Then, in a slightly later post, you wrote this:

I would again refer to the Upanishad I quote earlier. One can visualize, if you will, two worlds and a third, intermediate world which is I think the 'world' David refers to when he mentions the mind. The wind in Laird's narrative burst into that third, intermediate world, but in exactly the same way, or rather in a related way, a 'banishment' can occur.


Next, in an even later post, you wrote:

The way I look at 'reality' most likely influences how I see, or allow myself to see and interpret, the things that happen in the world of men. And by 'world' I mean at least in some sense what David and others mean when they say 'mind'. But for me 'mind' is that, but also 'psyche', 'imagination': i.e. the virtual world in which each of us lives: that 'space' that is there when we close our eyes. It seems to me that what makes humans human, is really everything that has to do with this mental world, this 'world' of psyche and imagination. It is because each of not only exists within but in fact is this 'virtual world' that it can be said that each of us lives in our own world.

[...]

We are dealing (as I see it) with ways that perceptions are handled and how values are assigned. We are dealing with the 'psyche'. We are deling with an in a unique and special 'world' that is 'mind': the third world of perception 'much like a dream' of the Upanishad.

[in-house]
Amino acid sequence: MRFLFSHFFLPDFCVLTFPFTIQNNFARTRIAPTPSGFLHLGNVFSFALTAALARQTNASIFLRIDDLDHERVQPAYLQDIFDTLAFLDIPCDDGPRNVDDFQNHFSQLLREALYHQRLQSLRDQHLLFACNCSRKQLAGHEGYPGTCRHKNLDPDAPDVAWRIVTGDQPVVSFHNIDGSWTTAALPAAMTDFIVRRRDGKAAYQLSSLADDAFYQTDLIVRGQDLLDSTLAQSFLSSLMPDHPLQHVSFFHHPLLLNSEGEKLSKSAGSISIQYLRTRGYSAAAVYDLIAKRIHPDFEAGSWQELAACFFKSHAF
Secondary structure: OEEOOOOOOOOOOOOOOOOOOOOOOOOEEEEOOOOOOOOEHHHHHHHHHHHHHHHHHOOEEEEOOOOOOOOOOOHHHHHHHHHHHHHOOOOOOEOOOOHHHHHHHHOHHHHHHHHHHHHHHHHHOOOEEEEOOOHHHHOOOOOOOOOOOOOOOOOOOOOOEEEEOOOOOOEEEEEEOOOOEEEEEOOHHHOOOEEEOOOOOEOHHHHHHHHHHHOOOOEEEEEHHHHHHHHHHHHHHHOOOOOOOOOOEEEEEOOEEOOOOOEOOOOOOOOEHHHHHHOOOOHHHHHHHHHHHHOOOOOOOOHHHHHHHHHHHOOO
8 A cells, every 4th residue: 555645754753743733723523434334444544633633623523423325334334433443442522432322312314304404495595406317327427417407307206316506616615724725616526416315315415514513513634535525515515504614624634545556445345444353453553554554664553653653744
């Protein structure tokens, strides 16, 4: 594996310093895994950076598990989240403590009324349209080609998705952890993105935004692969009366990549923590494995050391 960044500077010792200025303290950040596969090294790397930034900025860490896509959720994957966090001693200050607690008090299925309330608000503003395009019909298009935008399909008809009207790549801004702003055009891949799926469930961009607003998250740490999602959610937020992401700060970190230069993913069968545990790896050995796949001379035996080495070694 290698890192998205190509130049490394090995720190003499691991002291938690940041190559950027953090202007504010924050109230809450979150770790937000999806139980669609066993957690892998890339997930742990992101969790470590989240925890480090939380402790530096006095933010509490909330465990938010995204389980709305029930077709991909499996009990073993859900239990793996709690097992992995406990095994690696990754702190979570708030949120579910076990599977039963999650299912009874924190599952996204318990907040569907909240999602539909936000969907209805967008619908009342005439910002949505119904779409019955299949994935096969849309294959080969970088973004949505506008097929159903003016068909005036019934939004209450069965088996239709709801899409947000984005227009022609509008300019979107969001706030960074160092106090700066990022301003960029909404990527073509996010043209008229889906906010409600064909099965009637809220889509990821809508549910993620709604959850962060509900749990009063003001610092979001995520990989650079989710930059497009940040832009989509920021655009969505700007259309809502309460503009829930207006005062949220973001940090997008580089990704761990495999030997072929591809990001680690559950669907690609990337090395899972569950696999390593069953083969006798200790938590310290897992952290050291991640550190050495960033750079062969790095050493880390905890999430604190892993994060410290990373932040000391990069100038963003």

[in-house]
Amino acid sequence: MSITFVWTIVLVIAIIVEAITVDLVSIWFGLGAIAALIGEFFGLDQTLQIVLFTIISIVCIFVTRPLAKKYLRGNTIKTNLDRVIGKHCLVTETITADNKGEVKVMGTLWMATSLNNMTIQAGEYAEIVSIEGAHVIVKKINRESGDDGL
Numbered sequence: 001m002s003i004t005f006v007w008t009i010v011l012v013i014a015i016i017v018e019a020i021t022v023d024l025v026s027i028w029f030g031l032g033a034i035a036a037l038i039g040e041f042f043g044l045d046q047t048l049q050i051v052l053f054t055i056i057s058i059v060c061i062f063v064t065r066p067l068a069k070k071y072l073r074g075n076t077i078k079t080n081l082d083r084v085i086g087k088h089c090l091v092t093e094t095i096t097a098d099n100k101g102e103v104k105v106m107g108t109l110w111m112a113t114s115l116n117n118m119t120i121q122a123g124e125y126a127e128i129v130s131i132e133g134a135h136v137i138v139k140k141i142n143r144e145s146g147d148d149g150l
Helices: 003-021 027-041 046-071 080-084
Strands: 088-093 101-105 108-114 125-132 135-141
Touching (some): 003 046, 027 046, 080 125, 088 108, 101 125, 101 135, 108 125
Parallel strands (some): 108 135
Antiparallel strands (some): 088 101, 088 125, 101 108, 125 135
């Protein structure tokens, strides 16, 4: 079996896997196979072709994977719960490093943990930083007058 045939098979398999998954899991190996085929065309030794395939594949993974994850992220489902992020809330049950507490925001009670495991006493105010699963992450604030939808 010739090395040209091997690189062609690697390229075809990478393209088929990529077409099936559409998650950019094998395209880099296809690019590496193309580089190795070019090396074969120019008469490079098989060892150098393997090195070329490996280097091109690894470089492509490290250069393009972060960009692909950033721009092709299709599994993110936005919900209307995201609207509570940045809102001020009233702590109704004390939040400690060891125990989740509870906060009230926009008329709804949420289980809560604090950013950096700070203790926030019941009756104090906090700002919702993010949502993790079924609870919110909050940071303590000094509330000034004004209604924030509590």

Finally, in one of your very recent posts, you wrote:

PS: I guess I operate in a liminal realm between the explicit and the implicit, which is to to say a place of mind and consciousnes that is strung between two poles of perception. That is how I understand the novelesque world(s) that we live in and perceive through.


I do think you're onto something with the idea that there is both a material world and a spiritual world that we have simultaneous access to, and at the intersection of which is our personal "novelesque". My literalist mind (!), though, is seeing a conflation of "world" with "consciousness", "mind", "psyche" and "imagination", and it makes me curious about the extent to which by "world" in the above you mean an objective external reality rather than the internal (novelesque) reality of those who observe it, such as, for example, when you write that "[t]he wind in Laird's narrative burst into that third, intermediate world". I'm pretty sure you don't mean that the wind occurred entirely in the consciousness of those of us who felt it, but it doesn't hurt to clarify.